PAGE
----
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Dynamically generated Django admin actions

Posted in: Django, Django Admin

Django’s admin actions are a useful way of applying a process to a set of records. Django by default has only “delete selected objects” for most models, but you can add your own.

The UI for choosing an action, however, is just a drop-down box. This means that actions are great for a completely pre-defined action, but if you need other parameters for your action, you normally need an action that redirects to an intermediate page, because there is no UI for collecting additional parameters.

However, there is an in-between method that doesn’t require as much work as creating a whole new view. It’s useful if there are a small number of possible options for the parameters you want to pass to your action.

Suppose, for example, you have an e-commerce site, and customers can create orders in your system. You want to use the admin to assign the orders to different members of staff, and the number of staff is few, but not fixed - your staff are all in the database as User objects with is_staff == True. If you currently have Andrew, Emily and Joe as staff, it would be nice if you could have actions like the following appear in the actions drop-down:

  • Assign order to Andrew
  • Assign order to Emily
  • Assign order to Joe

Something like this:

Screen shot of Django admin page with actions dropdown

The basic technique to do this is just to dynamically generate the actions. This is possible by implementing ModelAdmin.get_actions. The documentation mentions enabling and disabling actions, but in fact you can use it to create new actions.

The code is only slightly advanced more advanced than the documentation — we create action functions just like in the docs, but we need a function-creating function, which actually returns closures for the parameters. If that sounds tricky for people who aren’t yet comfortable with closures etc., the code might actually be clearer. It looks like this:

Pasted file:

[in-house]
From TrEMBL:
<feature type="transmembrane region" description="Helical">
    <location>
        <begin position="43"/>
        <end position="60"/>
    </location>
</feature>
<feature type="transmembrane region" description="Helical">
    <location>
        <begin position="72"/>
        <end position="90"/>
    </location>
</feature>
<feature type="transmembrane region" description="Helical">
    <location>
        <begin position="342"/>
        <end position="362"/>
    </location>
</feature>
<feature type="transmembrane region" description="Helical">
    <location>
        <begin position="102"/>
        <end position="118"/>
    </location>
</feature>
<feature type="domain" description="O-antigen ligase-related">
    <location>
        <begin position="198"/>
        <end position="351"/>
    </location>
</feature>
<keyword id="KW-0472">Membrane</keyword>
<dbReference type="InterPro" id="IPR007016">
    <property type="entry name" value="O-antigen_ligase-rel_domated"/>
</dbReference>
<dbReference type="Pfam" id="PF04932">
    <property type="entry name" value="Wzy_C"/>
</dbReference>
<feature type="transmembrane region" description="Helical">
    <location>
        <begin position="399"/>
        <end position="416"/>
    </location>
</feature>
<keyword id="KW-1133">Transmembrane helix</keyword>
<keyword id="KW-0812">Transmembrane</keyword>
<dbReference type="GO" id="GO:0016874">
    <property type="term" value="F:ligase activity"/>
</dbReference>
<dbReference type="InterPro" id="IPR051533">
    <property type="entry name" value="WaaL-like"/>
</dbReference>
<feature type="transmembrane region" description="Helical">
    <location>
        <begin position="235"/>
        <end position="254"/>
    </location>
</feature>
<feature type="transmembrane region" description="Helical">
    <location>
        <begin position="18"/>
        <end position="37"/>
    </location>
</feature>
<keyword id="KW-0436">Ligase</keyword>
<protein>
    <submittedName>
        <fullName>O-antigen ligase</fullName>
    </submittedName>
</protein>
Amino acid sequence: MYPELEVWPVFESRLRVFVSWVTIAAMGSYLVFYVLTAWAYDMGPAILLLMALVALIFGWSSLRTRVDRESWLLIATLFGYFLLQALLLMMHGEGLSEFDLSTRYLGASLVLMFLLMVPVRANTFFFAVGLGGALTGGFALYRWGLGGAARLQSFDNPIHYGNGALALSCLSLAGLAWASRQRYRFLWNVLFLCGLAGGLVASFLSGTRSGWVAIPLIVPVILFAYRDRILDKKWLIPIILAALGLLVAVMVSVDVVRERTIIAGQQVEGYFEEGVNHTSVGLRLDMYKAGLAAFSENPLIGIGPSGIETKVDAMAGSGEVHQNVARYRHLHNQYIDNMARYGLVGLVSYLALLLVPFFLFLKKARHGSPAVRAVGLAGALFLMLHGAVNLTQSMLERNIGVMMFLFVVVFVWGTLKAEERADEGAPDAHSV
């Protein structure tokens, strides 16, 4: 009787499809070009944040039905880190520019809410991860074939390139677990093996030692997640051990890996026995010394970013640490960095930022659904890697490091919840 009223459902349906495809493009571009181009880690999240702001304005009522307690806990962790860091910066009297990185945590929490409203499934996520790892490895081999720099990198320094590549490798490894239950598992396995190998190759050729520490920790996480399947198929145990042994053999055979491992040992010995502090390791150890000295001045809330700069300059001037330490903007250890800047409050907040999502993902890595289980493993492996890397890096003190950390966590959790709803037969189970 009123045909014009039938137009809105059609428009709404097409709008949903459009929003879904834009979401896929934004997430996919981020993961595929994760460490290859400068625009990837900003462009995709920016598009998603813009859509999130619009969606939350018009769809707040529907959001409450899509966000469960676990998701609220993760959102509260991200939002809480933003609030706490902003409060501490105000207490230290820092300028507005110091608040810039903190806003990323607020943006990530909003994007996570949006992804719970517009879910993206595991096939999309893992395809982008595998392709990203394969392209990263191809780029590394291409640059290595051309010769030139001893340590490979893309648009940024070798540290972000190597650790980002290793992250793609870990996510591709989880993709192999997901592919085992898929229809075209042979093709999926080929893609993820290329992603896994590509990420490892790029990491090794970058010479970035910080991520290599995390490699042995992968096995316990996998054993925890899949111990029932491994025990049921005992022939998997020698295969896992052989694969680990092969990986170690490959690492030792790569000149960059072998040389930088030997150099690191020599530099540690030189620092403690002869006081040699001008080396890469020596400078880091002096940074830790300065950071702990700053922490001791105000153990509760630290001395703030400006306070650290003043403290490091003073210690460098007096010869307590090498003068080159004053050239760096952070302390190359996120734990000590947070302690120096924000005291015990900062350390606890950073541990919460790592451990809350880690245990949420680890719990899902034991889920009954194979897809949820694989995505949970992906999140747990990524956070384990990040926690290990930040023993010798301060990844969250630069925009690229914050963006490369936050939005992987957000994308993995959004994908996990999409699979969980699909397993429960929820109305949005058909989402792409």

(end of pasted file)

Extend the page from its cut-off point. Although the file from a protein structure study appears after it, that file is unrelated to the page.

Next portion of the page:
def make_assign_to_user_action(user):
    def assign_to_user(modeladmin, request, queryset):
        for order in queryset:
            order.assign_to(user)  # Method on Order model
            messages.info(request, "Order {0} assigned to {1}".format(order.id,
                                                                      user.first_name))

    assign_to_user.short_description = "Assign to {0}".format(user.first_name)
    # We need a different '__name__' for each action - Django
    # uses this as a key in the drop-down box.
    assign_to_user.__name__ = 'assign_to_user_{0}'.format(user.id)

    return assign_to_user


class OrderAdmin(admin.ModelAdmin):
    # (some things snipped)

    def get_actions(self, request):
        actions = super(OrderAdmin, self).get_actions(request)

        for user in get_user_model().objects.filter(is_staff=True).order_by('first_name'):
            action = make_assign_to_user_action(user)
            actions[action.__name__] = (action,
                                        action.__name__,
                                        action.short_description)

        return actions

The actual action is the assign_to_user function. Actions must take modeladmin, request and queryset, which leaves no room for additional parameters, but we get around this by making it a closure which has access to the user parameter passed in to make_assign_to_user_action.

We also need to ensure that each action function gets a unique name. To be safe, we need to choose a unique distinguishing ID for this name, which won’t change for different requests, and in this case the PK of the user to assign to works well. This name is used as the value attribute in the drop-down box, just as short_description is used for the label.

As per the documentation, the return value from get_actions needs to be a dictionary where the keys are action names, and the values are tuples containing the action callable, the action name, and the action description.

That’s it!

Full source code for a working example app, with demo sqlite DB, is available in the djangoadmintips repo. If you liked this, follow my @djangoadmintips account on Twitter.

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